4 places to find the most profitable products for you to resell oneBay

You need never complain about having nothing to sell on eBay! That’s because there are millions of places to obtain stock, some of them featured today and others in April’s main issue of eBay Confidential.

In a few months I’ll compile a long list of places to source profitable stock, for you to download free of charge in our main monthly newsletter.

So if you’re not already a subscriber to our main newsletter, you might like to take out a risk-free trial subscription right away. You won’t have to pay a penny if it isn’t 100% perfect for you.

So, as you see, you have nothing to lose and a whole lot to gain.

Take out a trial subscription here.

These are just four places to find profitable products…

1. Flea markets. I will never tire of telling you these are my main source of quality products – notably collectibles – to resell at high prices on eBay.

But the big money-maker isn’t always the low price tag you’ll find on thousands of items at these events as much as the discounts you can ask from sellers.

Four ways to cut the cost of your acquisitions are as follows:

  • Arrive early and tell the organisers you are ‘trade’, which as an eBay seller you are. You probably won’t have to pay an entrance fee and you’ll also get in before the visiting public on the day.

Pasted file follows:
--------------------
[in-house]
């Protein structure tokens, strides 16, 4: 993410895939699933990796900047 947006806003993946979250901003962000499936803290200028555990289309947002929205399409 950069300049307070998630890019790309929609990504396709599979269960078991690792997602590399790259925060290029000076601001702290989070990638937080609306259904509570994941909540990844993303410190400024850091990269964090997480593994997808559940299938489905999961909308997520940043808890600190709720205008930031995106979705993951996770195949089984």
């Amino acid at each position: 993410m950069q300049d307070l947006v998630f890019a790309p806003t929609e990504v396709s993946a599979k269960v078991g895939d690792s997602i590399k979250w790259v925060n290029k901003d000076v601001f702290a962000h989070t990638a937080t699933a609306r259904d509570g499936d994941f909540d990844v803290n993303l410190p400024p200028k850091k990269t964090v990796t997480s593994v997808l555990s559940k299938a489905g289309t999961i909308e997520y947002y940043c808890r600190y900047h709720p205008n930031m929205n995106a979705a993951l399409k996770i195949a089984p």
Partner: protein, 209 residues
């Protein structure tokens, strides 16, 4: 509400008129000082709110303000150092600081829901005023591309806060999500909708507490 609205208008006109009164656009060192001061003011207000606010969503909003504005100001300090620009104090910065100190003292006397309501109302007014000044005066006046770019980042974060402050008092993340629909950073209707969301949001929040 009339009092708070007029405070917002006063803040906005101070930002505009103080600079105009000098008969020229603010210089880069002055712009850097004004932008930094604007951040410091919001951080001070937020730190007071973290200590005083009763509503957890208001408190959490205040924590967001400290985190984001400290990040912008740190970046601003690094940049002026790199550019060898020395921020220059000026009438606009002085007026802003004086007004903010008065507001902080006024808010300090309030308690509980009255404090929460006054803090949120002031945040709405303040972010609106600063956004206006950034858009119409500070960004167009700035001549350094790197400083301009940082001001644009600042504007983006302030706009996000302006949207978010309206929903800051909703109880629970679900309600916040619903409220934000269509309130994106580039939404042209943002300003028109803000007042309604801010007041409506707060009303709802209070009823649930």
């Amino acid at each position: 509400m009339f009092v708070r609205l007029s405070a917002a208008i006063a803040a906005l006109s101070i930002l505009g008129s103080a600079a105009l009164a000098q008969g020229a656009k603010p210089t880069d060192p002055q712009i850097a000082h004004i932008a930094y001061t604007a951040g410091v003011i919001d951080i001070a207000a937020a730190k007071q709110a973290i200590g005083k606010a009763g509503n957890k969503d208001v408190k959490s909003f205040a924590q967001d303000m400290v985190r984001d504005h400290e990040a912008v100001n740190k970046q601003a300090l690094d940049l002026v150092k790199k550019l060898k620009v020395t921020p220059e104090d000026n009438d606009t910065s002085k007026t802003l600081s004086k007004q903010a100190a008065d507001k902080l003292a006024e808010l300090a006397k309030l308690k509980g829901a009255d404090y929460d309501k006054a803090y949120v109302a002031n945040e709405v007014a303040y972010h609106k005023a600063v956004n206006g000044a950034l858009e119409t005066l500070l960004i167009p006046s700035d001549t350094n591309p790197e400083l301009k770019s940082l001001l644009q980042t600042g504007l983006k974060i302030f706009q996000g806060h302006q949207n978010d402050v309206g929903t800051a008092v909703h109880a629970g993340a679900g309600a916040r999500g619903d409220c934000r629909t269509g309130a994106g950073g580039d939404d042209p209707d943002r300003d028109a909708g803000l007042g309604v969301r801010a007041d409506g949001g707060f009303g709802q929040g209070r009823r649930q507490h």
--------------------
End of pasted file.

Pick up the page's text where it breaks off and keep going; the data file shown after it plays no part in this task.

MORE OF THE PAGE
• Ask sellers at the event ‘How much for trade?’ and expect at least 10% off the price for your chosen items.
  • Buy in bulk where possible. While you are still interested in buying more stuff from the same sellers, ask ‘Is there a discount if I buy more?’

Most will offer a discount and offer even bigger reductions the more items you have in your pile of items to buy.

  • Pick up a few items and put them to one side. This is your ‘buying’ pile. (Probably!) Tell the seller you have seen a lot of items you’d like to buy on his stall and then inspect more of his stock.

A few minutes later make it look as if you are losing interest. Do a bit of imaginary whispering to a friend – make it appear you are reconsidering buying those items.

Look around at other sellers, look again at your pile, and then look around the room again. The idea is make it look as if you are about to move from this stall to spend your money elsewhere.

Next pick up your buying pile and make it look as if you are thinking about returning your selected items to stock. Hover the pile over the area where you found the contents. At this point, most sellers will offer a really big discount if you buy the items you already have in your hand, and an even bigger discount if you buy more.

Find flea markets advertising in local and regional newspapers a few weeks before the event and on the weekend preceding it.

2. Car boot sales. The goings-on at car boot sales are similar to what happens at flea markets, with the exception that one usually takes place out of doors and the other is normally held under cover.

So everything that was said about buying from flea markets and learning about forthcoming events applies equally to car boot sales.

But by far the biggest benefit of buying from car boot sales is that a good many sellers are families offloading unwanted household items, and children’s cast-off toys and clothing.

Most such sellers want a quick sale and have limited knowledge of how to price and display their stock. So you can haggle for even bigger discounts at car boot sales than at flea markets, and you’re more likely to find treasures called ‘sleepers’ at these events.